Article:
- The next financial crisis will be caused by private cryptocurrencies, if these assets are allowed to grow, Shaktikanta Das, governor of the Reserve Bank of India, warned Wednesday.
- Das said his main concern is that cryptocurrencies lack any underlying value, calling them “speculative” and adding they should be banned.
- Das’ comments come as the central bank seeks to introduce its own digital version of the Indian rupee.
The next financial crisis will be caused by private cryptocurrencies, if these assets are allowed to grow, the head of India’s central bank warned on Wednesday.
“Cryptocurrencies have… huge inherent risks for our macroeconomic and financial stability,” Shaktikanta Das, governor of the Reserve Bank of India, said at an event. He pointed to the recent collapse of FTX as an example.
Das said his main concern is that cryptocurrencies don’t have any underlying value, calling them “speculative” and adding that he thinks they should be banned.
“It [private cryptocurrency trade] is a hundred percent speculative activity, and I would still hold the view that it should be prohibited … because, if it is allowed to grow, if you try to regulate it and allow it to grow, please mark my words, the next financial crisis will come from private cryptocurrencies,” Das said.
Private cryptocurrencies refer to digital coins such as bitcoin.
Das’ comments come as the central bank pushes to introduce its own digital version of the Indian rupee. The Reserve Bank of India began a pilot program for the digital rupee on Dec. 1 for retail use in select cities. Certain users are able to transact using the digital rupee via apps and mobile wallets.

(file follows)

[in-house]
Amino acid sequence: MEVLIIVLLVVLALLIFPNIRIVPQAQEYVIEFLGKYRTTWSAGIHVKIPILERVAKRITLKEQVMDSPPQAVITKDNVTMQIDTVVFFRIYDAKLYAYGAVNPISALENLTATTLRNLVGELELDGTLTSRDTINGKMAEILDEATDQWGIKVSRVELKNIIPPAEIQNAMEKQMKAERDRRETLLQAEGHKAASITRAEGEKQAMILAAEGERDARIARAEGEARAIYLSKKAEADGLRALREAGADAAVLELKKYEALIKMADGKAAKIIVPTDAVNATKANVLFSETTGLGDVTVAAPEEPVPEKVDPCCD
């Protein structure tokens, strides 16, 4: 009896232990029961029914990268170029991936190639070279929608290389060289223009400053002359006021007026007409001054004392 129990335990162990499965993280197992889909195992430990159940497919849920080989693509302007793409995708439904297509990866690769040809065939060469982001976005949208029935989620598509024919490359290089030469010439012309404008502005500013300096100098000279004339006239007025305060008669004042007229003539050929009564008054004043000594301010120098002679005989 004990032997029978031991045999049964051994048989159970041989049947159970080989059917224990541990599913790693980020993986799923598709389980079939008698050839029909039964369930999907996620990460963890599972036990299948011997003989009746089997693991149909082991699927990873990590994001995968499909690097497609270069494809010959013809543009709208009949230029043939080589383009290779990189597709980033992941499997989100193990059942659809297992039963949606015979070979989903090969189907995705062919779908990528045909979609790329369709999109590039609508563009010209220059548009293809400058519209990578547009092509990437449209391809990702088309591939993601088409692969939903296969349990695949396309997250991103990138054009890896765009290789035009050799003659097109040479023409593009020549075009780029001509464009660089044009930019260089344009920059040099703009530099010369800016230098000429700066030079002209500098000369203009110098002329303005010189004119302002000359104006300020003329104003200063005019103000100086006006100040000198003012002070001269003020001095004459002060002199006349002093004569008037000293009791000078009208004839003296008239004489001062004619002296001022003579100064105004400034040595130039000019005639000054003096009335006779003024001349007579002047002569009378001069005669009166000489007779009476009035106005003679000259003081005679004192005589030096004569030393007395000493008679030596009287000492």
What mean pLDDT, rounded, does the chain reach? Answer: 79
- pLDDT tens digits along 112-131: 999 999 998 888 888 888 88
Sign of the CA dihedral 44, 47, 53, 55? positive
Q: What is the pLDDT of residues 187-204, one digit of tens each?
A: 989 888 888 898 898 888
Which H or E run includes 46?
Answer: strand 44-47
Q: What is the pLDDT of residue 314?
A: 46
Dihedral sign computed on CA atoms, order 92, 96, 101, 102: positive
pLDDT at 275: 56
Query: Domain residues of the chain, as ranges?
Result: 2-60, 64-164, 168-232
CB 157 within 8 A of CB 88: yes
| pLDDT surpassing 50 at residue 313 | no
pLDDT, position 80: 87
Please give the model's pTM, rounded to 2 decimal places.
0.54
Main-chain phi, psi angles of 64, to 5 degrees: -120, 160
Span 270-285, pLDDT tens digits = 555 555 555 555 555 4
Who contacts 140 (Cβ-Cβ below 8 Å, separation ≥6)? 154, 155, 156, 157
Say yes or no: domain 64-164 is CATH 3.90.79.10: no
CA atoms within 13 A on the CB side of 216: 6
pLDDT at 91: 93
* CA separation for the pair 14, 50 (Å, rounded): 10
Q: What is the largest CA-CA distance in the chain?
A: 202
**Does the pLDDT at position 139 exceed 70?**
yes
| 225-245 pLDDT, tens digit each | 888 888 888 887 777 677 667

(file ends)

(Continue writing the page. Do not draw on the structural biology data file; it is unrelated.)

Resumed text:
The digital rupee is a type of central bank digital currency (CBDC). Many central banks around the world are looking into issuing digital versions of their own currency.
Das said CBDCs can expedite international money transfers and reduce the need for logistics, such as printing notes.
China’s central bank is furthest ahead globally on the development of a CBDC. Beijing has been trialing use of its digital yuan in the real world since late 2020, extending its availability to more users this year.
Digital currency regulation was thrust further into the spotlight this year after a $1.3 trillion crash in the value of the cryptocurrency market and the high-profile collapse of the FTX exchange.
China has effectively banned cryptocurrency trade.
The Indian government is working on cryptocurrency legislation that could prohibit some activity around digital currencies, while creating a legal framework for the central bank’s digital currency.
Central banks often said cryptocurrencies did not pose a major risk to the economy, when they represented a much smaller asset class. But a growing number of voices warn of the potential macroeconomic impact, particularly if cryptocurrencies go unregulated.
Jon Cunliffe, the Bank of England’s deputy governor for financial stability, said in July that cryptocurrencies may not be “integrated enough” into the financial system to be an “immediate systemic risk.” He noted that he thinks the boundaries between the crypto world and the traditional financial system will “increasingly become blurred.”
The U.S. Treasury Department said in October that “crypto-asset activities could pose risks to the stability of the U.S. financial system” and emphasized the need for regulation.